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Next I added a shadow to the gate post and to the ivy leaves. Then I started filling in the colours of the gravel and stones on the path using various mixes of the colours already used in the rest of the illustration. I put in a few low growing plants and grasses and finished painting the dandelions. Finally I added some white highlights to the mouse trap.

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Next time a mouse sized hole to hide in.

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To Catch a Mouse

Continuing the Mouse Story, the next two images are going to be small illustrations of how our mouse was caught.   Below are the initial sketches.

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Initial sketches

The first one was transferred onto watercolour paper, this is just of the trap and the mouse.

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Transferred onto watercolour paper

My first step was to get a little paint down to hint at the surroundings. This was a thin mix of Ultramarine and Gamboge yellow to represent the green carpet, and then Yellow Ochre, with a tiny touch of Cadmium Red and Ultramarine to make the amber colour of the trap. The amber mix was very thin so that I could build up layers of colour depending on how many walls of the trap were being looked through.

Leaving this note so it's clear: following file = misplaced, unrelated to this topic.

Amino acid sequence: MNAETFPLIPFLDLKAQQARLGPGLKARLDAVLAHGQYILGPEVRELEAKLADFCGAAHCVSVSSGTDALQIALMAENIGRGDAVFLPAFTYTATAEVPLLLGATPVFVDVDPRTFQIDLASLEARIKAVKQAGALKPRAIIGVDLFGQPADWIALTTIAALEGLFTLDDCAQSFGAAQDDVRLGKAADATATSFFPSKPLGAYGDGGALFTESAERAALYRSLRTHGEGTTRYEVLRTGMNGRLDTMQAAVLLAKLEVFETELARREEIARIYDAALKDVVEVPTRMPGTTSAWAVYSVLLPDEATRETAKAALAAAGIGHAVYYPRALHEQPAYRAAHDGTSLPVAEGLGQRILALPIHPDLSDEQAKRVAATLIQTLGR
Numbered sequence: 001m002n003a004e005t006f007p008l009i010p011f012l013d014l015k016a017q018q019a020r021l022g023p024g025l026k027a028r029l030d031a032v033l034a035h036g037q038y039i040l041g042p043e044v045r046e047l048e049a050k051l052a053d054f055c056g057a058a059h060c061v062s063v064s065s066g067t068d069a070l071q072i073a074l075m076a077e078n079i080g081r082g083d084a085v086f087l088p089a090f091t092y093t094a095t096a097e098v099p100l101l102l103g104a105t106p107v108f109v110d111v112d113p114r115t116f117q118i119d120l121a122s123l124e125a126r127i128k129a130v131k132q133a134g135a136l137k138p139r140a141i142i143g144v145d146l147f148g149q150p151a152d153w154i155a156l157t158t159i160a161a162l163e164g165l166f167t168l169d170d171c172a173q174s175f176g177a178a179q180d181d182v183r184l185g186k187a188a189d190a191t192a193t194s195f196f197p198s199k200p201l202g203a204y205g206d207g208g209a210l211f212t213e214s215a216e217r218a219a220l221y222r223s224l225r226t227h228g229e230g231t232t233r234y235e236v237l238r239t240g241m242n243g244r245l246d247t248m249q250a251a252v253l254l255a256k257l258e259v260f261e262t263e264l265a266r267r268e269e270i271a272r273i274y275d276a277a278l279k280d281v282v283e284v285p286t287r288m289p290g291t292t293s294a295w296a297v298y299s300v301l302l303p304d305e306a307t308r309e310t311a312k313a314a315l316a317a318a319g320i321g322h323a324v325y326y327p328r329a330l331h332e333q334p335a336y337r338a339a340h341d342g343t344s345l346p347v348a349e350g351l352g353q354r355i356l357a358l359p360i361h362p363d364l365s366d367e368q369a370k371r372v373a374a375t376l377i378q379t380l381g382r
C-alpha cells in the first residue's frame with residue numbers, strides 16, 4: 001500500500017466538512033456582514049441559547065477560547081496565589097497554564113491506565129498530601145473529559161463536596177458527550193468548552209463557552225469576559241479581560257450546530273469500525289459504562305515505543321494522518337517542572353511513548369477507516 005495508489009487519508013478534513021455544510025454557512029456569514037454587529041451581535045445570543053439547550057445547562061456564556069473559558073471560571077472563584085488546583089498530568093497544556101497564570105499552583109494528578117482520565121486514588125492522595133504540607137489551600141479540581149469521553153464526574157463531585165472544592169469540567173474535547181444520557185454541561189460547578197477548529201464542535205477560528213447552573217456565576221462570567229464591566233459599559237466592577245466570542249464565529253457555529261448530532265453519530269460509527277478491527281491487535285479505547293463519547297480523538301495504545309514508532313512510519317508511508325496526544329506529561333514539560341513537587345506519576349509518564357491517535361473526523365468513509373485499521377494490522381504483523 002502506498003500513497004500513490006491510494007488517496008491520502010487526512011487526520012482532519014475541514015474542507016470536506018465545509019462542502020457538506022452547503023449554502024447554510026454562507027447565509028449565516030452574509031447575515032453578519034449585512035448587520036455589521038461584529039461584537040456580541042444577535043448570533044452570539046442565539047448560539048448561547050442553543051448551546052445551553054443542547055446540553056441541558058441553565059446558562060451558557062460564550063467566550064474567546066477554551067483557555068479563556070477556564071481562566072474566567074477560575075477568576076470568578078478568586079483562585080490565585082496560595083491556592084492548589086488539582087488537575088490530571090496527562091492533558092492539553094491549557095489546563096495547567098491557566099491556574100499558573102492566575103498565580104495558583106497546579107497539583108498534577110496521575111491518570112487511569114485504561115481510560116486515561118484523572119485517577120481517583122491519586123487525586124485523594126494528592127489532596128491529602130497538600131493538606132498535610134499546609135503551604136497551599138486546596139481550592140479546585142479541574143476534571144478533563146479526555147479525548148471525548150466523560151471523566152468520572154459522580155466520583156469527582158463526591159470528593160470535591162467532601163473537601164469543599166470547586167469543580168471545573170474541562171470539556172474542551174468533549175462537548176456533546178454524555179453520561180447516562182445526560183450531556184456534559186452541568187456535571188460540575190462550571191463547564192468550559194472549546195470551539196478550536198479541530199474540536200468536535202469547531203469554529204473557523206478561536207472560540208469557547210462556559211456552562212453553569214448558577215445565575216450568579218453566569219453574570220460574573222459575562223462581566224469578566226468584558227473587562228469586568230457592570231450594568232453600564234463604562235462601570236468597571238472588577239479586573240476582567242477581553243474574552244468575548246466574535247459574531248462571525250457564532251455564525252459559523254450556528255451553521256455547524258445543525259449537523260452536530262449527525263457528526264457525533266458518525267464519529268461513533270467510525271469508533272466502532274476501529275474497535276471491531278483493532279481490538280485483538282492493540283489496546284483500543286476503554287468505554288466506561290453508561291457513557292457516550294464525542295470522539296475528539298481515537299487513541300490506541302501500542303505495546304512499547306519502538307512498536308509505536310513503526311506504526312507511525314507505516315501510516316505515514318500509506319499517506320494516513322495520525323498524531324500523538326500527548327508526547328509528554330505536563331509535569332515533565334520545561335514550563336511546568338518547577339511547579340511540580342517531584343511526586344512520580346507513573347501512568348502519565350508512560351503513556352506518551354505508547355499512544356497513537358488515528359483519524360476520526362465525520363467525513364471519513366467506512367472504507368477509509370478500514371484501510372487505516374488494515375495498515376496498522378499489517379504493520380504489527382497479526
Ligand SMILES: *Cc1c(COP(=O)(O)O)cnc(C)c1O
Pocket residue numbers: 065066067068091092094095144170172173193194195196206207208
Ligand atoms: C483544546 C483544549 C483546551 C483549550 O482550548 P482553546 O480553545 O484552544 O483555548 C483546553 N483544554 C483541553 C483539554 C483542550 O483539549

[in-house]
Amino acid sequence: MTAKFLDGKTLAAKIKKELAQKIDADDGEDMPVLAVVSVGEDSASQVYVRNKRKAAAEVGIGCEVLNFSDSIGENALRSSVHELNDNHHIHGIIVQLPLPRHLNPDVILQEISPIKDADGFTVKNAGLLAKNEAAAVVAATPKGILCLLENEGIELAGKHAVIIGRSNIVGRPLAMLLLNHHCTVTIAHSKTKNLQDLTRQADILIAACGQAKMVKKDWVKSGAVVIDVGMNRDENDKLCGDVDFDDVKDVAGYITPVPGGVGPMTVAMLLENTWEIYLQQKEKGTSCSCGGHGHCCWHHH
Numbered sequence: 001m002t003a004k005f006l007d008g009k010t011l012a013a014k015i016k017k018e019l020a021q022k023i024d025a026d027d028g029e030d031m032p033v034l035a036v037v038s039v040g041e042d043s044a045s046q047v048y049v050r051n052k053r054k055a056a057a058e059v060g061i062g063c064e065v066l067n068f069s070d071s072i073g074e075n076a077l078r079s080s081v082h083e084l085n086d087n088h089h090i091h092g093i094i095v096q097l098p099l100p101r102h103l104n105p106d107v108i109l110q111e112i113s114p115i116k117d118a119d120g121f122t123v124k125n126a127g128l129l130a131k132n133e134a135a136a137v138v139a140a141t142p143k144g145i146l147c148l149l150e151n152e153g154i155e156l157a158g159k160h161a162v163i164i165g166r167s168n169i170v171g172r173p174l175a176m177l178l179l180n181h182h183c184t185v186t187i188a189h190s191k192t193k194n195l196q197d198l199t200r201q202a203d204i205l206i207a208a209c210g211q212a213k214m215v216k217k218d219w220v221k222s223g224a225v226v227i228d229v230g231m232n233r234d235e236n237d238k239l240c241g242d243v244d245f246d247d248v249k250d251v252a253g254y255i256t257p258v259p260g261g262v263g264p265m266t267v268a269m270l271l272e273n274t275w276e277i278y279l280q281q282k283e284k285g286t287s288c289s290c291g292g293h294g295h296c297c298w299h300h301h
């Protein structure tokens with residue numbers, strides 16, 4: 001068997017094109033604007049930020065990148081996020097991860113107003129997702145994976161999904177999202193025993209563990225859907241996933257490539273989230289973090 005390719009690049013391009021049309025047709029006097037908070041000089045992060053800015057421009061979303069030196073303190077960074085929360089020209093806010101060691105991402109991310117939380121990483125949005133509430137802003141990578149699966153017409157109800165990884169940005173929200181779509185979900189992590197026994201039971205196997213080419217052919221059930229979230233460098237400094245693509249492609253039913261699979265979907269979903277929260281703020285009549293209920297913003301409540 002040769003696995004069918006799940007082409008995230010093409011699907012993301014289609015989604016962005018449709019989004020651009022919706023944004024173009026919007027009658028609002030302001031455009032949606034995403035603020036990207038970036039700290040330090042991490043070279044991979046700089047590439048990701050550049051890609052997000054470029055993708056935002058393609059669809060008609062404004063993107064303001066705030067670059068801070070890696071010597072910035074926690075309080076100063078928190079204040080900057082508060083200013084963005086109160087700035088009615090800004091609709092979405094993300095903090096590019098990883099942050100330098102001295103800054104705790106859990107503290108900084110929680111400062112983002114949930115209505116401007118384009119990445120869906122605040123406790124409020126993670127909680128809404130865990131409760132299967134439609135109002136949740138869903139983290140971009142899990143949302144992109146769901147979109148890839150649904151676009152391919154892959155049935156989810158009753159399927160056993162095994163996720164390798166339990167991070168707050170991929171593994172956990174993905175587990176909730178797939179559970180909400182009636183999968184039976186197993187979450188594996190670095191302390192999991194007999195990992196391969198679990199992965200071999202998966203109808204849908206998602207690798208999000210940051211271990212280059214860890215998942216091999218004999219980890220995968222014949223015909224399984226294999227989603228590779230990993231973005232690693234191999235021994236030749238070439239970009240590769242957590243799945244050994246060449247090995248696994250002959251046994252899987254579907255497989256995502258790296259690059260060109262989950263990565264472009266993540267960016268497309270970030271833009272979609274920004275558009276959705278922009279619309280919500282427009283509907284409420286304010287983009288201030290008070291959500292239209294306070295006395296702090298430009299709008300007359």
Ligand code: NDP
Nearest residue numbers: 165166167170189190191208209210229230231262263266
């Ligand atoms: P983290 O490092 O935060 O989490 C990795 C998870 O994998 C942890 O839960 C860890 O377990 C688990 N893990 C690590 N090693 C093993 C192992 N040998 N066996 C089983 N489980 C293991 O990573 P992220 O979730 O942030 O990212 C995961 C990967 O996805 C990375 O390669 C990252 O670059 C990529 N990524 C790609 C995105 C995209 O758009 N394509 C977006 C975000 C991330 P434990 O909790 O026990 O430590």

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Getting some paint on the page

Next I added the basic mouse colour which is Ultramarine with Alizarin Crimson and a little Yellow Ochre.

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Basic mouse colour

Then a very thin mix of Alizarin Crimson and Gamboge for the fleshy parts of the mouse with some of the fur colour dotted onto the tail while it was wet to suggest a few hairs. I added the eye and the rubber bumper on the trap.

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Details

The shadows were next assuming the light was directly above.

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Shadow

And finally a few details like the little end of the pivot on the trap and whiskers on the mouse.